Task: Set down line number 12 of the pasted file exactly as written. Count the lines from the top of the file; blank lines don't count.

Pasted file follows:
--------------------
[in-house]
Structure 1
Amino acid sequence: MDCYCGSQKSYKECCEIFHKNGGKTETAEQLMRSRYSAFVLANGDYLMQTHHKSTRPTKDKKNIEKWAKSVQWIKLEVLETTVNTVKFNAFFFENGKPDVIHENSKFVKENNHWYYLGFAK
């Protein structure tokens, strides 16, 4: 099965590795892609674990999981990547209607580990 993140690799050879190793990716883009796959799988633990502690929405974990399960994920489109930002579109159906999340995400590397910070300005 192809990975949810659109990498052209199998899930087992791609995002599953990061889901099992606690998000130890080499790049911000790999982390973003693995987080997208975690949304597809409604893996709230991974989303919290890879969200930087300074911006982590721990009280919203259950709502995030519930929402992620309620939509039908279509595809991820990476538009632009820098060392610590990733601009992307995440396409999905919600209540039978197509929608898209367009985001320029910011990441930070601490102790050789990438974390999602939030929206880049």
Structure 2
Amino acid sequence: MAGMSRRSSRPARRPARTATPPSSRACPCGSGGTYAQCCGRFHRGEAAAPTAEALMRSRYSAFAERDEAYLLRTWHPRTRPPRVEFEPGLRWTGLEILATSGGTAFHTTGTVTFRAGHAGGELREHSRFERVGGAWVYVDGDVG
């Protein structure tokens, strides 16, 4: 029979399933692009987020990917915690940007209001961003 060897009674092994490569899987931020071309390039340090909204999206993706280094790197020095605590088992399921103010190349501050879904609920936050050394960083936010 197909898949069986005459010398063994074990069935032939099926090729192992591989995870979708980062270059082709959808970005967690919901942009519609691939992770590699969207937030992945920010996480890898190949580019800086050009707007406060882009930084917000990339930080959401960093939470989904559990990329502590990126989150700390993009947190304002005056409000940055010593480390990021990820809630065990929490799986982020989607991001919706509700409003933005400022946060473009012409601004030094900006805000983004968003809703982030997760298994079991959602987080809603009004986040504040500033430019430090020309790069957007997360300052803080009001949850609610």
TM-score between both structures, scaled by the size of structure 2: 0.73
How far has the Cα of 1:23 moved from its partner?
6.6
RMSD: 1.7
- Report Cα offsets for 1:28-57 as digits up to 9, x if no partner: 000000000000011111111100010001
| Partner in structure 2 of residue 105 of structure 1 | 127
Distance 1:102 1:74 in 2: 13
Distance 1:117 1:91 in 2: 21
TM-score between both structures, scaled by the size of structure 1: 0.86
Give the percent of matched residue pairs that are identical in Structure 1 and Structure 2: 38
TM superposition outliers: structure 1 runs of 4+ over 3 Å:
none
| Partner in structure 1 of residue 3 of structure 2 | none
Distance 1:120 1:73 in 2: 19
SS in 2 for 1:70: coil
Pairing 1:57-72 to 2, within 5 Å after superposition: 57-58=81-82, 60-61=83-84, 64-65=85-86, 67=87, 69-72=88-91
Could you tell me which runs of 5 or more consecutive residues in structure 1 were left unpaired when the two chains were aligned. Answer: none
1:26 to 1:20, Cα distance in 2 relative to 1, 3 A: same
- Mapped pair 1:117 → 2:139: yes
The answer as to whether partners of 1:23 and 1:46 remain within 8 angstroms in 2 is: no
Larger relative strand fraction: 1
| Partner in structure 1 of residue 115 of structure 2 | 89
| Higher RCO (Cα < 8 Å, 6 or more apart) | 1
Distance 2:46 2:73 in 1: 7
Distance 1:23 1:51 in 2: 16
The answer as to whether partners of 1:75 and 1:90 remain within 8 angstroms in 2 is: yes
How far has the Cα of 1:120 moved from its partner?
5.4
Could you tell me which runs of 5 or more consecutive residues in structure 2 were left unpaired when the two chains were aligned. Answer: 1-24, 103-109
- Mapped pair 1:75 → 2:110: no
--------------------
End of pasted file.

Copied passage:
- Report Cα offsets for 1:28-57 as digits up to 9, x if no partner: 000000000000011111111100010001